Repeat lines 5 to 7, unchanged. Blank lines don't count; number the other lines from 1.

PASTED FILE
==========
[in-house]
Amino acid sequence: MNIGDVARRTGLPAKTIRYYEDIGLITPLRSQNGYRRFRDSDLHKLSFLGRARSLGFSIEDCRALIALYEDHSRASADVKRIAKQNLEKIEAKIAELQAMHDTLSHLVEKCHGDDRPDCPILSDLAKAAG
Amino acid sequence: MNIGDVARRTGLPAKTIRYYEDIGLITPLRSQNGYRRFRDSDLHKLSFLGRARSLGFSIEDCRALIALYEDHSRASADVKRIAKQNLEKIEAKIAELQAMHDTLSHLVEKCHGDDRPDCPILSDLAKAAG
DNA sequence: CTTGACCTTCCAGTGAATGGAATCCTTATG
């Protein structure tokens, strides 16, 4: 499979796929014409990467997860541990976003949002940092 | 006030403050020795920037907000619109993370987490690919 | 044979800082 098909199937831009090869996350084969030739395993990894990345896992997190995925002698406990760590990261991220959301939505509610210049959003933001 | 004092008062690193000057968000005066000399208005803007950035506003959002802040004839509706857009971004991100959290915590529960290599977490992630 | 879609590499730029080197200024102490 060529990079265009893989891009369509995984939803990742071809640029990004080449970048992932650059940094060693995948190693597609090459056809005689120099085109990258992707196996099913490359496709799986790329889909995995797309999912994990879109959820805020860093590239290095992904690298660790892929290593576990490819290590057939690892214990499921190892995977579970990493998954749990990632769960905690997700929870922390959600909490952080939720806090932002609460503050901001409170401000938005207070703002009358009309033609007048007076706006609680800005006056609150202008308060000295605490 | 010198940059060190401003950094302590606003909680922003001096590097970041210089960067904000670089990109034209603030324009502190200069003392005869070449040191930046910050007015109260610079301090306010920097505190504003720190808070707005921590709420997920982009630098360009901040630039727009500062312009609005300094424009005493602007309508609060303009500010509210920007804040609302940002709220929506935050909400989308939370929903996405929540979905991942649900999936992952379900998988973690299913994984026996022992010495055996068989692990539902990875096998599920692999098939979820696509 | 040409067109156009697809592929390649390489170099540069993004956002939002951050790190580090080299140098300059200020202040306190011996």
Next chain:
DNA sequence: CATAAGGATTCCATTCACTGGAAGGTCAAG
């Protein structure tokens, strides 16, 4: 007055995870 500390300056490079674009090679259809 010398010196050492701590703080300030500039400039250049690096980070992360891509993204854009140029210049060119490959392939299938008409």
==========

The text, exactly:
């Protein structure tokens, strides 16, 4: 499979796929014409990467997860541990976003949002940092 | 006030403050020795920037907000619109993370987490690919 | 044979800082 098909199937831009090869996350084969030739395993990894990345896992997190995925002698406990760590990261991220959301939505509610210049959003933001 | 004092008062690193000057968000005066000399208005803007950035506003959002802040004839509706857009971004991100959290915590529960290599977490992630 | 879609590499730029080197200024102490 060529990079265009893989891009369509995984939803990742071809640029990004080449970048992932650059940094060693995948190693597609090459056809005689120099085109990258992707196996099913490359496709799986790329889909995995797309999912994990879109959820805020860093590239290095992904690298660790892929290593576990490819290590057939690892214990499921190892995977579970990493998954749990990632769960905690997700929870922390959600909490952080939720806090932002609460503050901001409170401000938005207070703002009358009309033609007048007076706006609680800005006056609150202008308060000295605490 | 010198940059060190401003950094302590606003909680922003001096590097970041210089960067904000670089990109034209603030324009502190200069003392005869070449040191930046910050007015109260610079301090306010920097505190504003720190808070707005921590709420997920982009630098360009901040630039727009500062312009609005300094424009005493602007309508609060303009500010509210920007804040609302940002709220929506935050909400989308939370929903996405929540979905991942649900999936992952379900998988973690299913994984026996022992010495055996068989692990539902990875096998599920692999098939979820696509 | 040409067109156009697809592929390649390489170099540069993004956002939002951050790190580090080299140098300059200020202040306190011996």
Next chain:
DNA sequence: CATAAGGATTCCATTCACTGGAAGGTCAAG